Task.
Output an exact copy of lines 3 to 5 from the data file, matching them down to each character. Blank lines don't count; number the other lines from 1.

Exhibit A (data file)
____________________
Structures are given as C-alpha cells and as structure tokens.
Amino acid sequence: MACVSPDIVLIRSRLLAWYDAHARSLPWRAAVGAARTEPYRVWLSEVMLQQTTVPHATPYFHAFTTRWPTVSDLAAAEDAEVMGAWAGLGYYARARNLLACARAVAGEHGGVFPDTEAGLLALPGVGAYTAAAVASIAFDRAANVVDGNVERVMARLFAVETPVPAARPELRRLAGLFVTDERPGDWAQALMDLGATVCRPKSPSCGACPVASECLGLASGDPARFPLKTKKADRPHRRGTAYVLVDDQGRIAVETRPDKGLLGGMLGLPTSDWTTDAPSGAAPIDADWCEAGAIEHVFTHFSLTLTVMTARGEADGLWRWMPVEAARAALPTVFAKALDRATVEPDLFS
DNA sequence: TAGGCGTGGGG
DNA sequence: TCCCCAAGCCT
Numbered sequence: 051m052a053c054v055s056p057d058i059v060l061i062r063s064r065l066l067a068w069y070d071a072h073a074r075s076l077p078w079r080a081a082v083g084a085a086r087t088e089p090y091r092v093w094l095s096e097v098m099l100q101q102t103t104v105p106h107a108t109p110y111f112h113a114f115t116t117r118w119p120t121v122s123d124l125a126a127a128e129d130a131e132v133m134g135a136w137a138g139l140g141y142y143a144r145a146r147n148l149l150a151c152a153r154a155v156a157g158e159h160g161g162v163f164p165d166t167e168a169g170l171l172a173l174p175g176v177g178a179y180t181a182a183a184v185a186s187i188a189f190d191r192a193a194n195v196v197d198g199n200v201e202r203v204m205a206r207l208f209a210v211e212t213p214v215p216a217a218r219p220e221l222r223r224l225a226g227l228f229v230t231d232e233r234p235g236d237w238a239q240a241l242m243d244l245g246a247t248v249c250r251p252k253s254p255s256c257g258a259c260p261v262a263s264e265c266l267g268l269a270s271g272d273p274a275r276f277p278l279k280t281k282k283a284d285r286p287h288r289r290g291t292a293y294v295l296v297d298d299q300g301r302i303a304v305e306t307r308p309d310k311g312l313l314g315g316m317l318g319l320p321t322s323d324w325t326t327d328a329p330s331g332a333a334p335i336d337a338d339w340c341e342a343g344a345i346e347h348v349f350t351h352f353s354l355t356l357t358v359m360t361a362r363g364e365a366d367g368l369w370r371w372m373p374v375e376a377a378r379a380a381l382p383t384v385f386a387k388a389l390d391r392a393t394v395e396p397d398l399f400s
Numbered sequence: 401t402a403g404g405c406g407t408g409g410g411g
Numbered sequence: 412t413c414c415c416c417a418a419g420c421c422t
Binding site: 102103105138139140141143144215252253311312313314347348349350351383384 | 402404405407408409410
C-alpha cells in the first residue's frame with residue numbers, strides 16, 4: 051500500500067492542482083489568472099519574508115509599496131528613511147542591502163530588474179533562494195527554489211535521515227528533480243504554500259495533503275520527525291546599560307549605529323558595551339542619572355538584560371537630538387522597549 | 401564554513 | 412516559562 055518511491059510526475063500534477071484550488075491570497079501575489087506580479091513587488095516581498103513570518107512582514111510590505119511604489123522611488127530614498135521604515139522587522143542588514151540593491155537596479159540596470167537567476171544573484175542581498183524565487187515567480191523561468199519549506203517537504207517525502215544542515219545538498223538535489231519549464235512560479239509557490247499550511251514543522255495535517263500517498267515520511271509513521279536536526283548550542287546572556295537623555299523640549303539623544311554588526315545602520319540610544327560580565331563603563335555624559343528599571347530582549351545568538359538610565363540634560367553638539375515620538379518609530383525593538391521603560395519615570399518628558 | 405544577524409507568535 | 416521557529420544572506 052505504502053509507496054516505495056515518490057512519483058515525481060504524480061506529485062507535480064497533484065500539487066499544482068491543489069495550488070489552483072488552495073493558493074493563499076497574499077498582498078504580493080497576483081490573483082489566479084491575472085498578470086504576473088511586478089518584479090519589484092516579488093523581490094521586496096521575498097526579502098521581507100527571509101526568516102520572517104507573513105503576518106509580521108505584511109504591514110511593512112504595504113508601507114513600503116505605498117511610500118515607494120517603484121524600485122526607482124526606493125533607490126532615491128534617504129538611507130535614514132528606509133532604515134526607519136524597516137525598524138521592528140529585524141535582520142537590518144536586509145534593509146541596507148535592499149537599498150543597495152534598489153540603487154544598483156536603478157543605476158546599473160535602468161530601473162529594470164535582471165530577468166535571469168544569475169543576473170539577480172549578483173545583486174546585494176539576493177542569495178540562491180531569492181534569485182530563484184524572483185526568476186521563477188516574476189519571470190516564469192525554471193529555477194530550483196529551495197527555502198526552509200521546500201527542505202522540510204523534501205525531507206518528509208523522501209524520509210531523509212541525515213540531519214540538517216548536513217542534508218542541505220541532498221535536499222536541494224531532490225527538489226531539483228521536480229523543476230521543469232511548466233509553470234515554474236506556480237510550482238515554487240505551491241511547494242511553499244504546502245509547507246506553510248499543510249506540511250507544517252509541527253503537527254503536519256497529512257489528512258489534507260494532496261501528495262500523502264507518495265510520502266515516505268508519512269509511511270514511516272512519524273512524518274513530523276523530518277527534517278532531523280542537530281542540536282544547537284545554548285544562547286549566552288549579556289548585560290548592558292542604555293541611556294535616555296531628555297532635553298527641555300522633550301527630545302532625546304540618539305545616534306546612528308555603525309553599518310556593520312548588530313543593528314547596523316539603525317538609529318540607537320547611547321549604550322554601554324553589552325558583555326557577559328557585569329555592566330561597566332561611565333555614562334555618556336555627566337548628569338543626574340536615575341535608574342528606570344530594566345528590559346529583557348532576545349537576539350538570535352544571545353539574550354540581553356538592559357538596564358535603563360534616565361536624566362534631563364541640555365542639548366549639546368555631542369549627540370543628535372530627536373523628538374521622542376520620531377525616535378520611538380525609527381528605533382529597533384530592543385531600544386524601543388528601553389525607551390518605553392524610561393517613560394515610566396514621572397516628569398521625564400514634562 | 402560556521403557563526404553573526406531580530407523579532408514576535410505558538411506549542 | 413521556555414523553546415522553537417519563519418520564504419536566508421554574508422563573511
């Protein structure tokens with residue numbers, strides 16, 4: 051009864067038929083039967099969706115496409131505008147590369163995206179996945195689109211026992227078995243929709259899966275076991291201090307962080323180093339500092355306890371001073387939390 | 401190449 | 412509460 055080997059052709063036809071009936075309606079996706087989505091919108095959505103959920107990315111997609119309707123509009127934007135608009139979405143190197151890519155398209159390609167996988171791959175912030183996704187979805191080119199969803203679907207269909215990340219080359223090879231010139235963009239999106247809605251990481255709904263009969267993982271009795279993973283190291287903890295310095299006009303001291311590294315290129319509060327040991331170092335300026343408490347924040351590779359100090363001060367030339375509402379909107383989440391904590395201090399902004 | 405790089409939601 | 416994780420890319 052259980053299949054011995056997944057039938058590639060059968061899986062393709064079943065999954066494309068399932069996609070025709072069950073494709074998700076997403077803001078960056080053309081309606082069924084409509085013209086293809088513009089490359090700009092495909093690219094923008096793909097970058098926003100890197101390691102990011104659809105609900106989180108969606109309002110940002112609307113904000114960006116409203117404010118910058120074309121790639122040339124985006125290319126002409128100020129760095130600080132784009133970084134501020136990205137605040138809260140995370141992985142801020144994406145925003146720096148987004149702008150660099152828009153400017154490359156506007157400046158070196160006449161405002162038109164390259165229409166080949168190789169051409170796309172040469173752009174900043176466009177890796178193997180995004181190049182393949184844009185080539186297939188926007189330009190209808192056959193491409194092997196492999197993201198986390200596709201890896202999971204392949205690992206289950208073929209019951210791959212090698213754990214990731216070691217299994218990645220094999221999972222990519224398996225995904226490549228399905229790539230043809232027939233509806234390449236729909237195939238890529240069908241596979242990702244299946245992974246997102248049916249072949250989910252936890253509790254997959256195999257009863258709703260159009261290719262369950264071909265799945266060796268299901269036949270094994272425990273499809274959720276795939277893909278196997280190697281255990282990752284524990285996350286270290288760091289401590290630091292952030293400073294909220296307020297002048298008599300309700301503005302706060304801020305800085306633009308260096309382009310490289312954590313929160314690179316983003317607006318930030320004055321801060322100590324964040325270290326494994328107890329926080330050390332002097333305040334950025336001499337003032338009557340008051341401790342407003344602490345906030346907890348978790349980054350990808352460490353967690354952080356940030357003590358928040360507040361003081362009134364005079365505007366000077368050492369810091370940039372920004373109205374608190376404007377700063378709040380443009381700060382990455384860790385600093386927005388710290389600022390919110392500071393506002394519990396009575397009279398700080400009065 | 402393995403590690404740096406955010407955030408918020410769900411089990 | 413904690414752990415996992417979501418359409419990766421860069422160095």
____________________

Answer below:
DNA sequence: TAGGCGTGGGG
DNA sequence: TCCCCAAGCCT
Numbered sequence: 051m052a053c054v055s056p057d058i059v060l061i062r063s064r065l066l067a068w069y070d071a072h073a074r075s076l077p078w079r080a081a082v083g084a085a086r087t088e089p090y091r092v093w094l095s096e097v098m099l100q101q102t103t104v105p106h107a108t109p110y111f112h113a114f115t116t117r118w119p120t121v122s123d124l125a126a127a128e129d130a131e132v133m134g135a136w137a138g139l140g141y142y143a144r145a146r147n148l149l150a151c152a153r154a155v156a157g158e159h160g161g162v163f164p165d166t167e168a169g170l171l172a173l174p175g176v177g178a179y180t181a182a183a184v185a186s187i188a189f190d191r192a193a194n195v196v197d198g199n200v201e202r203v204m205a206r207l208f209a210v211e212t213p214v215p216a217a218r219p220e221l222r223r224l225a226g227l228f229v230t231d232e233r234p235g236d237w238a239q240a241l242m243d244l245g246a247t248v249c250r251p252k253s254p255s256c257g258a259c260p261v262a263s264e265c266l267g268l269a270s271g272d273p274a275r276f277p278l279k280t281k282k283a284d285r286p287h288r289r290g291t292a293y294v295l296v297d298d299q300g301r302i303a304v305e306t307r308p309d310k311g312l313l314g315g316m317l318g319l320p321t322s323d324w325t326t327d328a329p330s331g332a333a334p335i336d337a338d339w340c341e342a343g344a345i346e347h348v349f350t351h352f353s354l355t356l357t358v359m360t361a362r363g364e365a366d367g368l369w370r371w372m373p374v375e376a377a378r379a380a381l382p383t384v385f386a387k388a389l390d391r392a393t394v395e396p397d398l399f400s